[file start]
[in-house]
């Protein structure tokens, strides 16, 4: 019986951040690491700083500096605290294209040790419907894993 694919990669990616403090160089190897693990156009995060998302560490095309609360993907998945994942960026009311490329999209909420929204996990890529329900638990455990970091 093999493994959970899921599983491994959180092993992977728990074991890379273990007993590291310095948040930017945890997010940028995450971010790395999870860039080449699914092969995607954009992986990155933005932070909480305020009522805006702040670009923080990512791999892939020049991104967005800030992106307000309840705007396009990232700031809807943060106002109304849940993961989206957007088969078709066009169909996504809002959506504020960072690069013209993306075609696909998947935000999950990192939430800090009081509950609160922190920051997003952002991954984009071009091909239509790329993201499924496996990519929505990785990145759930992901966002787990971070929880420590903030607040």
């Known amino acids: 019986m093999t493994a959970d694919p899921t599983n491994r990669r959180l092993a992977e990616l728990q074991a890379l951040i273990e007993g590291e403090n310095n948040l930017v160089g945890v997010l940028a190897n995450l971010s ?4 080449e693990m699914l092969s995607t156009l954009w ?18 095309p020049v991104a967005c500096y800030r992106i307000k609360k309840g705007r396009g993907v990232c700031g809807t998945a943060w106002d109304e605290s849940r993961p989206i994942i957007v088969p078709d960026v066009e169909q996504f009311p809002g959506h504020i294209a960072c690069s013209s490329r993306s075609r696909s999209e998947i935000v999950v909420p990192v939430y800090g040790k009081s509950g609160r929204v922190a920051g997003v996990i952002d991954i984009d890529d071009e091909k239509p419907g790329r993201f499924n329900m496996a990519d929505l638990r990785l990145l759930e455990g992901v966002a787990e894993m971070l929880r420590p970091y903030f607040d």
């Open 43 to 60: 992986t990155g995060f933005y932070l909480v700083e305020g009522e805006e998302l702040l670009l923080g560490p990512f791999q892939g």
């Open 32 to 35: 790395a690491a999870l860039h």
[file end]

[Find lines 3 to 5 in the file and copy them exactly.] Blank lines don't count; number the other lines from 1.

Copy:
């Known amino acids: 019986m093999t493994a959970d694919p899921t599983n491994r990669r959180l092993a992977e990616l728990q074991a890379l951040i273990e007993g590291e403090n310095n948040l930017v160089g945890v997010l940028a190897n995450l971010s ?4 080449e693990m699914l092969s995607t156009l954009w ?18 095309p020049v991104a967005c500096y800030r992106i307000k609360k309840g705007r396009g993907v990232c700031g809807t998945a943060w106002d109304e605290s849940r993961p989206i994942i957007v088969p078709d960026v066009e169909q996504f009311p809002g959506h504020i294209a960072c690069s013209s490329r993306s075609r696909s999209e998947i935000v999950v909420p990192v939430y800090g040790k009081s509950g609160r929204v922190a920051g997003v996990i952002d991954i984009d890529d071009e091909k239509p419907g790329r993201f499924n329900m496996a990519d929505l638990r990785l990145l759930e455990g992901v966002a787990e894993m971070l929880r420590p970091y903030f607040d």
């Open 43 to 60: 992986t990155g995060f933005y932070l909480v700083e305020g009522e805006e998302l702040l670009l923080g560490p990512f791999q892939g």
């Open 32 to 35: 790395a690491a999870l860039h």